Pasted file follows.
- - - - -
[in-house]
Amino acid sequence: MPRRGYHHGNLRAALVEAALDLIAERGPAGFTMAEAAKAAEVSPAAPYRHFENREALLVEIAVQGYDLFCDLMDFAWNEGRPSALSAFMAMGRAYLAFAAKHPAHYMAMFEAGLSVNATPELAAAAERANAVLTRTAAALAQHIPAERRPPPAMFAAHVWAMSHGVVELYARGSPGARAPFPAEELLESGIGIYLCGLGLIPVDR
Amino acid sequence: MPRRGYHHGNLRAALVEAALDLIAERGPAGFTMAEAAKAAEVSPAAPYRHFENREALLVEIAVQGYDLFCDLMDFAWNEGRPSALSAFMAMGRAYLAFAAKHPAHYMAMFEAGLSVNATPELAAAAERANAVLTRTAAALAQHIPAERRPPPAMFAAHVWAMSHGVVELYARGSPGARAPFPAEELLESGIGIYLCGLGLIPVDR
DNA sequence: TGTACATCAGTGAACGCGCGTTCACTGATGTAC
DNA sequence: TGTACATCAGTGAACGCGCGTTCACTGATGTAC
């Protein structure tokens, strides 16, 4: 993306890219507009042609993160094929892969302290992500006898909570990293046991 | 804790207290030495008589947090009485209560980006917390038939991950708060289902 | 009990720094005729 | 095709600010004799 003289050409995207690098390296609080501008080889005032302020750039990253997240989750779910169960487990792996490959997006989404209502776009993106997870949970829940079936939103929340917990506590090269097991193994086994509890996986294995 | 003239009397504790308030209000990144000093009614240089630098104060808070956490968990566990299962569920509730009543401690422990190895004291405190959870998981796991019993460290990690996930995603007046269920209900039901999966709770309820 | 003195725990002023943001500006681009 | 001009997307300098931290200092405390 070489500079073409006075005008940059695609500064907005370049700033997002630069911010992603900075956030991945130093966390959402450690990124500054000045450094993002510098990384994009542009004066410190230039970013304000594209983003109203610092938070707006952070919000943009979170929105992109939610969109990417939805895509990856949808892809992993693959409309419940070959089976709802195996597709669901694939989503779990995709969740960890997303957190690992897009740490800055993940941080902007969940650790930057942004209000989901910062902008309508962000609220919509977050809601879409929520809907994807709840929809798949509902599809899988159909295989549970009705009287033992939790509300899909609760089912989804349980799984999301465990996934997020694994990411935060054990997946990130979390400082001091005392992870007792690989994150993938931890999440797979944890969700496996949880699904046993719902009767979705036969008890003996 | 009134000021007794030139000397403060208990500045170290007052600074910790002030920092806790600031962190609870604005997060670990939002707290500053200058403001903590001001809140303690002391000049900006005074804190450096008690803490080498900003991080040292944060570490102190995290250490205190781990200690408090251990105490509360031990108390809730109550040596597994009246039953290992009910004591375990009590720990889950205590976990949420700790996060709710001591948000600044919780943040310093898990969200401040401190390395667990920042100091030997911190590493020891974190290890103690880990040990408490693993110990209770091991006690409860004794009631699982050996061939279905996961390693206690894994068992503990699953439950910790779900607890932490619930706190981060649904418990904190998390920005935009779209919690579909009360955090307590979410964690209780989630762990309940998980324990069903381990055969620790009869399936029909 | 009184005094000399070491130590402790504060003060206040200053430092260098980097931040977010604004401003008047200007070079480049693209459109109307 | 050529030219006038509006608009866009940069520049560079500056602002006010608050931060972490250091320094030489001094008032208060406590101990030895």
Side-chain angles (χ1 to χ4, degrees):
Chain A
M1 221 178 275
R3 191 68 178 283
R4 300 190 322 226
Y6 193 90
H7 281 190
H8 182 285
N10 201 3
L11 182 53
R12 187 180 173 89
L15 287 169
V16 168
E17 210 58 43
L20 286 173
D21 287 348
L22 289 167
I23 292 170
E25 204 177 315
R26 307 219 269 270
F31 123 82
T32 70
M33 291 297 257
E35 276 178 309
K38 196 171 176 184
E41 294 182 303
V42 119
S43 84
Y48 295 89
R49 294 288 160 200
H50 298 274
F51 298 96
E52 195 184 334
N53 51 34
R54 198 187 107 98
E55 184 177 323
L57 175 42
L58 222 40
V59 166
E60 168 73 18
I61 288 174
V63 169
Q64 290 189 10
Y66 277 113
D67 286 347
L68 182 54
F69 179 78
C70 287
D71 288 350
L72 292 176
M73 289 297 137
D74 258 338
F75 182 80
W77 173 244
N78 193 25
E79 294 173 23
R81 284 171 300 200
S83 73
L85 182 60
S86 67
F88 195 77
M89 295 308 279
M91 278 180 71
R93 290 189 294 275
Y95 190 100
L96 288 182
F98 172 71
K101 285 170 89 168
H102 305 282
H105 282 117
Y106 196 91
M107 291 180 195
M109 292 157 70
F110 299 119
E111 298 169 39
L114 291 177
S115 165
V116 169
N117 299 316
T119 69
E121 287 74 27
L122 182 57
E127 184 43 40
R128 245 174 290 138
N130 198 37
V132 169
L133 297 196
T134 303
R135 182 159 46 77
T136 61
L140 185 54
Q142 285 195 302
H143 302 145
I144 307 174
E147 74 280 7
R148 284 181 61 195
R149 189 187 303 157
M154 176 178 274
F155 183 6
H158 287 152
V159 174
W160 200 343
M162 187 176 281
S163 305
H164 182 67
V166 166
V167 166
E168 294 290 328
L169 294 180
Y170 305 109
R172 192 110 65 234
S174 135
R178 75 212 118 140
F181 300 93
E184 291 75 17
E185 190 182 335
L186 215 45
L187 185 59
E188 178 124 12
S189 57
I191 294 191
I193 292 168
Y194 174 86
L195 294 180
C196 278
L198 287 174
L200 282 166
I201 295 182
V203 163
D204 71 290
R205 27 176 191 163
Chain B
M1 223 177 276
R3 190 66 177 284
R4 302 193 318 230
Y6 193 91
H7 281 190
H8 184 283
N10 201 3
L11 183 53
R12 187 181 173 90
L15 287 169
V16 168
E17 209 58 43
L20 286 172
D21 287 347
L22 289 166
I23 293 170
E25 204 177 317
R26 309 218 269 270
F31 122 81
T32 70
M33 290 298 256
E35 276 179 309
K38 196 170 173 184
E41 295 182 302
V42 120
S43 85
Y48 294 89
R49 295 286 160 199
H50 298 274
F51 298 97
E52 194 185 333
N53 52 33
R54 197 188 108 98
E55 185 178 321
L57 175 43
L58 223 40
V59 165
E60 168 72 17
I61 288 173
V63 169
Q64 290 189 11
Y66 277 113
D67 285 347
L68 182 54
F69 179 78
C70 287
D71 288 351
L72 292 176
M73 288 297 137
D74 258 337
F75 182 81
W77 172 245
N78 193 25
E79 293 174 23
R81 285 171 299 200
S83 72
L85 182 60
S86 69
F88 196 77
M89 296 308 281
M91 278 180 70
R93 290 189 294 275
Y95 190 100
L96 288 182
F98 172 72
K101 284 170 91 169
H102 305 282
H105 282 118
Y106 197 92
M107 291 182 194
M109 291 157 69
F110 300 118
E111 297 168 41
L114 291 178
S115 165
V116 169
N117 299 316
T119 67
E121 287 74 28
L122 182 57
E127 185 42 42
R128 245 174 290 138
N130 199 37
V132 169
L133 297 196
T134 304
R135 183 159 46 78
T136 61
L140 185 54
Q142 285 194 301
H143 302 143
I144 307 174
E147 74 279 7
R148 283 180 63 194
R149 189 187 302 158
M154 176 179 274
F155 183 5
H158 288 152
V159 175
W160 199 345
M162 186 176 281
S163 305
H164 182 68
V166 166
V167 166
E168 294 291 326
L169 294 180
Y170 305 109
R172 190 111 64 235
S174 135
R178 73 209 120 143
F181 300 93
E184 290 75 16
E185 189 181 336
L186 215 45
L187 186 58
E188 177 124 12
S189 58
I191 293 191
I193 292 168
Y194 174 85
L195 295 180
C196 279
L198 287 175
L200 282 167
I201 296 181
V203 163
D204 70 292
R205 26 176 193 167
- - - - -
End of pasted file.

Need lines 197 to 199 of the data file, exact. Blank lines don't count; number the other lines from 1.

F88 196 77
M89 296 308 281
M91 278 180 70